Our third excerpt today is from Blogger Book Fair author Richard Levesque. Have fun reading!
What if all you had to do to make your dreams come true was violate the laws of the universe?
That’s not just a philosophical question Eddie Royce has to answer. It’s a choice he has to make when the most famous science fiction writer of the 1930s goes missing and his unscrupulous publisher becomes convinced that Eddie knows all of the older writer’s secrets—not just the secret of where he’s gone, but the secret of how he’s traveled in time.
Until now, Eddie’s fooled himself into thinking he’s got the system figured out, “borrowing” plots from Shakespeare and rewriting them as space operas to make a name for himself in the pulps. But when he finds out that Chester Blackwood—his idol and inspiration—has been cheating the system in ways Eddie could never have dreamed of, the hack science fiction writer finds himself in the middle of a plot that his pulp readers would never have imagined.
Now he has to do all he can to save himself—and Blackwood’s beautiful daughter—from the powerful figures who all want Blackwood’s secret. And violating the laws of the universe might just be the least of Eddie’s problems.
Eddie Royce sat in Whistler’s office on the sixth floor of the Meteor building and waited patiently for the editor to look up from the galleys he studied, a smoldering cigar held between his thick lips and a look of quiet disgust on his face as he read. The muffled clack and ding of a typewriter made its way into the office from somewhere beyond Whistler’s closed door, and Eddie tried hard not to let it distract him. He sat in one of the mismatched chairs that faced Whistler’s enormous, scarred desk and thumbed nervously through the March 1940 issue of Stupendous, silently going over the pitch he had been formulating for days and hoping Whistler would not notice his anxiety. The magazine had hit the newsstands only three days ago, and Eddie had already read it cover to cover, focusing most of his scrutiny on one story—“Dark Hearts of Mars” by Edward Royce. It was his second publication in Stupendous, his second publication anywhere, really, but he already had two more stories and a serial accepted. After finally seeing his name in print following months of trying and failing, he had quickly come to believe in his success as a writer in spite of what he knew to be true—that he was at best unoriginal and at worst a plagiarist.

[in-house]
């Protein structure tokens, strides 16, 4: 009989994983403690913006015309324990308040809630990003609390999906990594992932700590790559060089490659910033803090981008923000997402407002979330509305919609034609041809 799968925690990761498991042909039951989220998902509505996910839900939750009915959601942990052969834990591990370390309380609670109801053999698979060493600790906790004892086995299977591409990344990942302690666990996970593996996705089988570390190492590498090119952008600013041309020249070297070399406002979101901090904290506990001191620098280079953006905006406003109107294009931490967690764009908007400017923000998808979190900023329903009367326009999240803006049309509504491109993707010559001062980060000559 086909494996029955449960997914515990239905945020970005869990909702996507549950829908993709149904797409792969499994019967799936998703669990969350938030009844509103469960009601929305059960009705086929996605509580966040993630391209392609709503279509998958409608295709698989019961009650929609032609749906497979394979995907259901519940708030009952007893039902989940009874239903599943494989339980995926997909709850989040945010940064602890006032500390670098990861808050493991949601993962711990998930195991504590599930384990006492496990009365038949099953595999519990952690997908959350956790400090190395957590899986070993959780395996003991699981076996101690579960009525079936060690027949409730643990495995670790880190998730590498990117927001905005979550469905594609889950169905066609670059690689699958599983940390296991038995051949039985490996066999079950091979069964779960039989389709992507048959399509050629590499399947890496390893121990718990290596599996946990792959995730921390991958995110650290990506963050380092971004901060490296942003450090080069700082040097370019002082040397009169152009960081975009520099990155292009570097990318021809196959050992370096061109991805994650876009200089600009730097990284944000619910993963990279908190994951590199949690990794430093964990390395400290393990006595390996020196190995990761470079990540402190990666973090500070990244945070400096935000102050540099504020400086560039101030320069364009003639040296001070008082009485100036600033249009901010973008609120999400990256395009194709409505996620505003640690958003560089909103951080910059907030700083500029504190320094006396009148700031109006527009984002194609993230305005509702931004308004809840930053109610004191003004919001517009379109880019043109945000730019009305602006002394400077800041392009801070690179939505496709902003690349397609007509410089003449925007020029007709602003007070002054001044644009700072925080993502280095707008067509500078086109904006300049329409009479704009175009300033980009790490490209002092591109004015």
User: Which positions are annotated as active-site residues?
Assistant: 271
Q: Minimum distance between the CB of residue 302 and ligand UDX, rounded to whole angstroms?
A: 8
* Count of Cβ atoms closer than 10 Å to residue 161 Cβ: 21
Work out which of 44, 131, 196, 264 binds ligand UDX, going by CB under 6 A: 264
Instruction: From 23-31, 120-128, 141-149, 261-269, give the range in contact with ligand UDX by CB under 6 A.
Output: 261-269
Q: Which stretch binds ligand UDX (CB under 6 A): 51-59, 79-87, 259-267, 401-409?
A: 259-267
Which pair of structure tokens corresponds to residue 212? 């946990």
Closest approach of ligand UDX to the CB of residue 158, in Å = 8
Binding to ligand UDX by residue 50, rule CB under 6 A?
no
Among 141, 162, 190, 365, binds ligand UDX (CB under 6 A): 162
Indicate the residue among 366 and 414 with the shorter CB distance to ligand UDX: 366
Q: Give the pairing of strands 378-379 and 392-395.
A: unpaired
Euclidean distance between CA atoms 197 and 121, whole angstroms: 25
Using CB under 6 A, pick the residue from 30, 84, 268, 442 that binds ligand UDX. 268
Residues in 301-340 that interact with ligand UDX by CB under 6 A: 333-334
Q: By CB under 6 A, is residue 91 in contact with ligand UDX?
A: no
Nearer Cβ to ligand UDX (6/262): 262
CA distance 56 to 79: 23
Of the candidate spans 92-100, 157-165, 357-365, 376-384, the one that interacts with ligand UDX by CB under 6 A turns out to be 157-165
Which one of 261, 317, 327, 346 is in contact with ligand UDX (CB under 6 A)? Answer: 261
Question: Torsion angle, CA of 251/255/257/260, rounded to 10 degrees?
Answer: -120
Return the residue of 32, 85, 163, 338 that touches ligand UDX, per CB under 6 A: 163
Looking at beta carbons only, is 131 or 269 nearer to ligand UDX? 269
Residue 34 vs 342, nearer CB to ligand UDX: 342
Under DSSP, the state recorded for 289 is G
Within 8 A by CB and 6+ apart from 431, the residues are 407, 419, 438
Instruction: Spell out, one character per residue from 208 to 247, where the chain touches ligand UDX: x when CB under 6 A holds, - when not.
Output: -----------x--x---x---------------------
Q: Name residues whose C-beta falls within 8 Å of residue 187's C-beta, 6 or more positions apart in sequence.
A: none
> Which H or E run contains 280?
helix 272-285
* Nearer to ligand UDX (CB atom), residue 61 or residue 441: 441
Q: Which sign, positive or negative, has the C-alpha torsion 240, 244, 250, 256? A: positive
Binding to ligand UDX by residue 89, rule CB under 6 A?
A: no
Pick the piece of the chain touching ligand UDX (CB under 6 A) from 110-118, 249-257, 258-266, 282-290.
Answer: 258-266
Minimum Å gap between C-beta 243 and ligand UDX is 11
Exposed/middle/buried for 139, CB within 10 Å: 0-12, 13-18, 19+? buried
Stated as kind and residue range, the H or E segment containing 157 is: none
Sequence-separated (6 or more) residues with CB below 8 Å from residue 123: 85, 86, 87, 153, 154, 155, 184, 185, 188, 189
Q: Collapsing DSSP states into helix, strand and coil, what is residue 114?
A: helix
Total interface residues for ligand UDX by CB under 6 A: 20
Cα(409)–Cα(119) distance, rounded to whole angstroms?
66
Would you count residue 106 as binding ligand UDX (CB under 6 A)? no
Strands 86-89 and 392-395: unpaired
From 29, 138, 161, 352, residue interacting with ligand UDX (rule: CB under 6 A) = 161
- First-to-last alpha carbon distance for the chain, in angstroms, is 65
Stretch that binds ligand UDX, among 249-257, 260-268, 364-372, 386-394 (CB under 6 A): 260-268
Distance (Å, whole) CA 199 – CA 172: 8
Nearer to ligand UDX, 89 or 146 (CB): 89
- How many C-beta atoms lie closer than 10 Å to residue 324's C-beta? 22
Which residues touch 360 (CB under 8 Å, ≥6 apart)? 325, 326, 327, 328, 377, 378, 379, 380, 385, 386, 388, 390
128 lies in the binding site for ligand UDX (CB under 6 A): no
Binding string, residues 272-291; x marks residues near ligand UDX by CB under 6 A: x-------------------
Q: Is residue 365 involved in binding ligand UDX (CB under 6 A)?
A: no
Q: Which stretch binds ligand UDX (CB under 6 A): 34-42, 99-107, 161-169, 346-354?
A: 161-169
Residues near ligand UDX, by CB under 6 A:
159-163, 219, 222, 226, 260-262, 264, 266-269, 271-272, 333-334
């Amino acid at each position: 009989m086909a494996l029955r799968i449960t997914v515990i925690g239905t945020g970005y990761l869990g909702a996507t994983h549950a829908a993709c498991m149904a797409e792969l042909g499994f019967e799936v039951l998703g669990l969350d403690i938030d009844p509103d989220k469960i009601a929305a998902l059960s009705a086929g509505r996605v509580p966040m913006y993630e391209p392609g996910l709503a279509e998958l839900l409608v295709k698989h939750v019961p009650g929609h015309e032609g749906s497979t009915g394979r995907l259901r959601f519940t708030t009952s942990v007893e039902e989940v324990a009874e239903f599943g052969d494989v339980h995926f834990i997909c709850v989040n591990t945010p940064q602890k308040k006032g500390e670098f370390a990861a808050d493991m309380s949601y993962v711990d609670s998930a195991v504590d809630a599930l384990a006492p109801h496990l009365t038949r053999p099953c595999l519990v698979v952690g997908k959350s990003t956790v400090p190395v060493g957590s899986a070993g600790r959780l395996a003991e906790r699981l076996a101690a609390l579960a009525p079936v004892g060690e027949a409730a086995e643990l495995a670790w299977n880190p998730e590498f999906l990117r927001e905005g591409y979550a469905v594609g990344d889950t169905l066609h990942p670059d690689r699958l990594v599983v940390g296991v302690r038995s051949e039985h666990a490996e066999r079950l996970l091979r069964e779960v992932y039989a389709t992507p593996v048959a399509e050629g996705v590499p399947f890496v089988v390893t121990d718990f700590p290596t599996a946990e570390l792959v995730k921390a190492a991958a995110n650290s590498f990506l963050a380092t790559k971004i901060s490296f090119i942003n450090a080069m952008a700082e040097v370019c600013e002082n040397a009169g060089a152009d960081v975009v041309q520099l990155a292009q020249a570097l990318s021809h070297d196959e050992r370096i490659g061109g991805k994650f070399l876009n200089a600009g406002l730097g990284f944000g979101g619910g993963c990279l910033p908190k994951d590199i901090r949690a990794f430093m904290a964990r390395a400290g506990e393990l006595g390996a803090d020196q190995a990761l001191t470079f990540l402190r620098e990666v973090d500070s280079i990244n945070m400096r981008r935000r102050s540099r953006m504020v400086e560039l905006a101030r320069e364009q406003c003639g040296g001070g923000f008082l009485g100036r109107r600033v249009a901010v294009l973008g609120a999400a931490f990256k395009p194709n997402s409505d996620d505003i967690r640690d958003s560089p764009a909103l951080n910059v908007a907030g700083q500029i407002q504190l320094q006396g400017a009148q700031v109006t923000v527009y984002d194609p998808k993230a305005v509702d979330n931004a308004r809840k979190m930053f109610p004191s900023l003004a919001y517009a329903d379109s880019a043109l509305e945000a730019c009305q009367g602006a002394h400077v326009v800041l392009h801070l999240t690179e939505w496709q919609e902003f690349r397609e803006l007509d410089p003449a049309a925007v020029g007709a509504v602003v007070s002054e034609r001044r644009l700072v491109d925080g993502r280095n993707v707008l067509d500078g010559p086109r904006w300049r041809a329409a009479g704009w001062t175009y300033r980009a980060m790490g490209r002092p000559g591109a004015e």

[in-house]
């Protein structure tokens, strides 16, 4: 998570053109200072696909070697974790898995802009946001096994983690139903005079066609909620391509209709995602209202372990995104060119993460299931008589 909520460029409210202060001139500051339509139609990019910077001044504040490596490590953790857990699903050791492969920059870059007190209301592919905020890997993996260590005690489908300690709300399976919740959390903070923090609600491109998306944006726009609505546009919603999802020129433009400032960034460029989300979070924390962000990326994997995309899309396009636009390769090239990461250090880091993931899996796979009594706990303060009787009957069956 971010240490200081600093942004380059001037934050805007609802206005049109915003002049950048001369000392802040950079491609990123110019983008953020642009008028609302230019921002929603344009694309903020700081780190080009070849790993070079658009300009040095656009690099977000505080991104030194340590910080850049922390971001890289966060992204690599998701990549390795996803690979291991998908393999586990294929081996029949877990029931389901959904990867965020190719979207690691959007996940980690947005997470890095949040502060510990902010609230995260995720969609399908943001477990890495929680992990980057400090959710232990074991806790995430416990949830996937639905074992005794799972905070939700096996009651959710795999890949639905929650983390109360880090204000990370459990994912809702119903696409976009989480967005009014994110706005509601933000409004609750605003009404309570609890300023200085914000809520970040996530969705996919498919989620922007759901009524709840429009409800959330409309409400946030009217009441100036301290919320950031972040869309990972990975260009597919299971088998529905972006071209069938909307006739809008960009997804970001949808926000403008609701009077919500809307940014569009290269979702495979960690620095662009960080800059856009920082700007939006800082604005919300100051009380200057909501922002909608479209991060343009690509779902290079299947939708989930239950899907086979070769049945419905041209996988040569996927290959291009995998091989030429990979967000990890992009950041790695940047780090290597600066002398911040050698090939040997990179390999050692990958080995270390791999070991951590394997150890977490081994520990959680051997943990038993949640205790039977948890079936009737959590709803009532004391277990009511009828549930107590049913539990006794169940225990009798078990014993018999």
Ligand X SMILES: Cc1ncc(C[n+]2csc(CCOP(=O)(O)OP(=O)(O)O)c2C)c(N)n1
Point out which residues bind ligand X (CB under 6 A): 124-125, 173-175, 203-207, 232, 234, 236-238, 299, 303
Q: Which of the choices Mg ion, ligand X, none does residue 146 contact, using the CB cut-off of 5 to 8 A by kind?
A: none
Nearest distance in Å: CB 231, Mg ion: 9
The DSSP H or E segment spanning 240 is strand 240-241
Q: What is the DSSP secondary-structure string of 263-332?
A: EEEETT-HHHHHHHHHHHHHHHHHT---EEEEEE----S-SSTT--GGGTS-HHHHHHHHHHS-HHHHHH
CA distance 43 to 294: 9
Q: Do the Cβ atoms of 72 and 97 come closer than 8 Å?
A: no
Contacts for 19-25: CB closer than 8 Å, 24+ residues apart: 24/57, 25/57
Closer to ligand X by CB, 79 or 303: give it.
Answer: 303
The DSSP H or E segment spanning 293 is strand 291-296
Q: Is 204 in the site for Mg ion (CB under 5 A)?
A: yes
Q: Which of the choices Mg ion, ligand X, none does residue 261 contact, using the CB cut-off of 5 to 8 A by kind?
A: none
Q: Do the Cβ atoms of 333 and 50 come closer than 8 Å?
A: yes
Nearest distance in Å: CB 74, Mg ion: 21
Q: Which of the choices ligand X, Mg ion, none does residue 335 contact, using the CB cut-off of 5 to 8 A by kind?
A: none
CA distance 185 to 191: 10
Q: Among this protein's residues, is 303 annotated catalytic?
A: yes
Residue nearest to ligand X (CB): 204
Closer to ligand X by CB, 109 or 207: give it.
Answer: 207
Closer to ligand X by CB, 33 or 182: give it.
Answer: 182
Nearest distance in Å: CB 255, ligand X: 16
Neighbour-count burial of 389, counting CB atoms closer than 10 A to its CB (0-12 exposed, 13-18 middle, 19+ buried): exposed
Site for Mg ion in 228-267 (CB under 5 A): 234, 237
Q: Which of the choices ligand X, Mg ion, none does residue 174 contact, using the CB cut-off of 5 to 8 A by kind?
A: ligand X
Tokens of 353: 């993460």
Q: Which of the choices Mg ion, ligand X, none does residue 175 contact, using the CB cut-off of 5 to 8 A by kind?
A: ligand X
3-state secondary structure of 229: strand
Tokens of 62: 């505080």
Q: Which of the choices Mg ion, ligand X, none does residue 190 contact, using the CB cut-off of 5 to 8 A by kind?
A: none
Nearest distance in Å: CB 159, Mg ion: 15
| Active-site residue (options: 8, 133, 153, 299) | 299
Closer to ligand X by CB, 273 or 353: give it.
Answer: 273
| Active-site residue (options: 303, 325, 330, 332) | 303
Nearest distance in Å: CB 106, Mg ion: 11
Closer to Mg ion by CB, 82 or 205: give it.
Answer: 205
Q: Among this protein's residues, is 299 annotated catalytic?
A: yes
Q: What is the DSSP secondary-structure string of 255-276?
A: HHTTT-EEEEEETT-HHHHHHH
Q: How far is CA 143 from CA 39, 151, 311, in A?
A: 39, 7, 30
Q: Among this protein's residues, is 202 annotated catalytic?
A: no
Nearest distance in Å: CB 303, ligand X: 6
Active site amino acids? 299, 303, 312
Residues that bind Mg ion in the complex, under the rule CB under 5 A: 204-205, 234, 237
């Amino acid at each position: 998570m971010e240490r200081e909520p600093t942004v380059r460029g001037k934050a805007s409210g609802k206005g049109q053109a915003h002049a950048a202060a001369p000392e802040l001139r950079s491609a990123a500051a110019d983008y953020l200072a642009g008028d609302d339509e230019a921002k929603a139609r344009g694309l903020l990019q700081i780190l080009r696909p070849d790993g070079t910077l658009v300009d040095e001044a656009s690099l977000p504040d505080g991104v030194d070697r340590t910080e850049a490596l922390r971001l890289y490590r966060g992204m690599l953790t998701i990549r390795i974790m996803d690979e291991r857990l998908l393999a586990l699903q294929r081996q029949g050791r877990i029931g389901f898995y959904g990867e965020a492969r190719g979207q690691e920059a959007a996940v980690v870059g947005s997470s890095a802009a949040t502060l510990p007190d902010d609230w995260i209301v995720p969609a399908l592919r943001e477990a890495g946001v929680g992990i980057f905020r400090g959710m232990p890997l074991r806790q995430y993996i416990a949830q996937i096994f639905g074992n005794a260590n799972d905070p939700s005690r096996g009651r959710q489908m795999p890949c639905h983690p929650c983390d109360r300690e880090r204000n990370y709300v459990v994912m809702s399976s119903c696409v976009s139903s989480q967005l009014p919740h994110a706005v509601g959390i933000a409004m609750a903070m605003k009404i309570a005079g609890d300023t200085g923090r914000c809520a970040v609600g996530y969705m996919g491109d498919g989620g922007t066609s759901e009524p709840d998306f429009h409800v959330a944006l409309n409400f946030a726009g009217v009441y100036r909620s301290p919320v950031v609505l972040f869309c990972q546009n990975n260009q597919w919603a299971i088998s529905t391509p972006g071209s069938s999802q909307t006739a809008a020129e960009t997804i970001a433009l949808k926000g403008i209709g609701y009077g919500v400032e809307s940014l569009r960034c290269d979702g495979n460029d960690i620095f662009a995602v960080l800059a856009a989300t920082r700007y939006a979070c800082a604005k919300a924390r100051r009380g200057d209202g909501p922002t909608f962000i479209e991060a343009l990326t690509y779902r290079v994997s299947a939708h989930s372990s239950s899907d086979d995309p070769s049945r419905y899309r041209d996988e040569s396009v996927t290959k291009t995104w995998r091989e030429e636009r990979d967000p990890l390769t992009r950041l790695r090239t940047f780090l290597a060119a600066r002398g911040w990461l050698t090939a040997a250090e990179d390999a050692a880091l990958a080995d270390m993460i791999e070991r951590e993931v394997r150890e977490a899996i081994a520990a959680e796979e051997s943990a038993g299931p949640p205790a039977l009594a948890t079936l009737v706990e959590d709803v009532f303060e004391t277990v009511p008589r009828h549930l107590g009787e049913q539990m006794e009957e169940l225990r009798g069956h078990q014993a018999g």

As with every issue of Stupendous, the cover of the magazine in Eddie’s hands was a work of art that no doubt accounted for a large portion of sales each month. The covers were always sensational, and this one featured a beautiful female space explorer watching in exaggerated alarm as her space ship exploded in the background, apparently leaving her stranded as she floated in space, her skin tight suit accentuating her curvaceous figure. Eddie knew from having carefully studied “Castaways in Space” in this issue that the story featured no such character or scene, but that did not matter. The Stupendous covers pulled readers in, and the stories kept them there until next month. Dozens of recent issues were scattered around Whistler’s office, each with its brightly lurid variation of the barely clad female warrior, seductive villainess or imperiled princess to draw the eye. With the first installment of his serial to appear in the May issue, Eddie knew that promoting it with a cover illustration would ensure reader interest and secure his position in the stable of Stupendous authors, and he had phoned to make an appointment with Whistler this morning to try to convince the editor of the same thing.